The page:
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“Walking over to the Ops room – I don’t feel like I ever need to do that anymore.”
In the run up to our latest release of capabilities for developers, I sat down with David Yang, a senior engineer here at PagerDuty who’s seen our internal architecture evolve from a single monolithic codebase to dozens of microservices. He’s the technical lead for our Incident Management – People team, which owns the services that deliver alert notifications to all 8,000+ PagerDuty customers. We sat down and talked about life after switching to teams owning the operations of their services. Here are some observations about the benefits and drawbacks we’ve seen:
Since moving to a model where developers own their services, there’s a lot more developer independence. A side effect is that we’ve minimized the difficulties in provisioning and managing infrastructure. Now, the team wants to optimize for the least amount of obstacles and roadblocks. Supporting infrastructure teams are geared toward providing better self-service tools to minimize the need for human intervention.
The shift to having developers own their code reduces cycle time from when someone says, “this is a problem,” to when they can actually fix the problem, which has been invaluable.
By having people own more of the code, and have more responsibility in general for the systems they operate, you essentially push for a culture that’s more driven towards getting roadblocks out of the way — like each team is more optimized towards, “how can I make sure I’m not ever blocked again” or “not blocked in the future.” It’s a lot more apparent when we are blocked. Before, I had to ask ops every time we wanted to provision hosts, and I just accepted it. Now my team can see its roadblocks better because they aren’t hidden by other teams’ roadblocks.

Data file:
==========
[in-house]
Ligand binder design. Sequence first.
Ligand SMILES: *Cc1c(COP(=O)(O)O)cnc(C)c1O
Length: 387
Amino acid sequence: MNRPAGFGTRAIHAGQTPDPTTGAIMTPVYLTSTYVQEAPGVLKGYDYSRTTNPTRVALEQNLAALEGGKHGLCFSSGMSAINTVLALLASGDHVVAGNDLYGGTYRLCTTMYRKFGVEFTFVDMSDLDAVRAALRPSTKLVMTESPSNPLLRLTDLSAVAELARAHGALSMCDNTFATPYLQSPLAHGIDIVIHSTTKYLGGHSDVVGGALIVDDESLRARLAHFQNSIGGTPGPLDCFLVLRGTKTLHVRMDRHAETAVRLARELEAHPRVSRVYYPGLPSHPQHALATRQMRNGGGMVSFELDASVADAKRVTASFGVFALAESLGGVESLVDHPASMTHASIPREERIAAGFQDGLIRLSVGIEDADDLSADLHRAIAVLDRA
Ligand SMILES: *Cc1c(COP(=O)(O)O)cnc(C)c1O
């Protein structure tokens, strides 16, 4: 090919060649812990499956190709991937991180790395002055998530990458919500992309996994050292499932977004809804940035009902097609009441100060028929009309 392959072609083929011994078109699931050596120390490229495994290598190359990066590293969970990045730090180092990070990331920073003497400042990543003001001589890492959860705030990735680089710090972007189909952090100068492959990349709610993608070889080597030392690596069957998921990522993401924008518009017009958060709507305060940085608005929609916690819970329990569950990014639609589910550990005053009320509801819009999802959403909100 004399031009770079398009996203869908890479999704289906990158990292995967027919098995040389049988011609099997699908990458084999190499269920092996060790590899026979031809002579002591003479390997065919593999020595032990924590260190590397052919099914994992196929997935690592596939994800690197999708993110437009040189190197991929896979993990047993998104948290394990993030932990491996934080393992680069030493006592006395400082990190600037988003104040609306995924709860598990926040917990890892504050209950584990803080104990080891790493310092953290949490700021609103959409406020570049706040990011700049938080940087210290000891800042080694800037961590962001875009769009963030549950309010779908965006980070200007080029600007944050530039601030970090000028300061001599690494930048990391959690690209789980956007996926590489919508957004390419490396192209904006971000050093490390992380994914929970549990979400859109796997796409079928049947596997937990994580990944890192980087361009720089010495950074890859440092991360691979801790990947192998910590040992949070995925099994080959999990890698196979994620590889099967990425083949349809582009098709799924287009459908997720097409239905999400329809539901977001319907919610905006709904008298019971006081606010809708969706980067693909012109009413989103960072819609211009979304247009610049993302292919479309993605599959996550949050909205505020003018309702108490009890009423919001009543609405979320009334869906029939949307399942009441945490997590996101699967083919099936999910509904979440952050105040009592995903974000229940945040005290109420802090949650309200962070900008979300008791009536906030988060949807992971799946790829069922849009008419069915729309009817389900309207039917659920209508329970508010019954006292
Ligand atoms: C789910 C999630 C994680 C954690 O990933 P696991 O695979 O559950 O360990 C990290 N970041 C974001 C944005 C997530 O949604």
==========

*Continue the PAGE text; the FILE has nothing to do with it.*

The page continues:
We have teams that are focused a lot more on owning the whole process of delivering customer value from end to end, which is invaluable.
There are clearer boundaries of service ownership. It’s easier to figure out which specific teams are impacted when there’s an operability issue. And the fact that I know the exact procedure to follow — and it’s more of an objective procedure of, “this is the checklist” — that is great. It enables me to focus 100% on solving the problem and not on the communication around the incident.
Not to say that owning a service doesn’t come with its own set of problems. It requires dedicated time to tend to the operational maintenance of our services. This ultimately takes up more of the team’s time, which is especially an issue with legacy services where they may be knowledge gaps. In the beginning, we didn’t put strong enough guardrails in place to protect operability work in our sprints. That’s being improved by leveraging KPIs [such as specific scaling goals and operational load levels] to enable us to make objective decisions.
[Of balancing operations-related work vs. feature development work] teams are asking: “How do I leverage all of this stuff day-to-day? How do I make even more objective decisions?” — and driving to those objective decisions by metrics.
Everything in our product development is defined in, “what is customer value”, “what is success criteria,” etc. I think trying to convey the operational work in the same sense helps make it easier to prioritize effectively. We’re all on the same team and aligned to the same goal of delivering value to our customers, and you have to resolve the competing priorities at some point.
Trying to enact change within an organization around operations requires a lot of collaboration. It also takes figuring out what the right metrics are and having a discussion about those metrics.
Image: “Magnifying glass” is copyright (c) 2013 Todd Chandler
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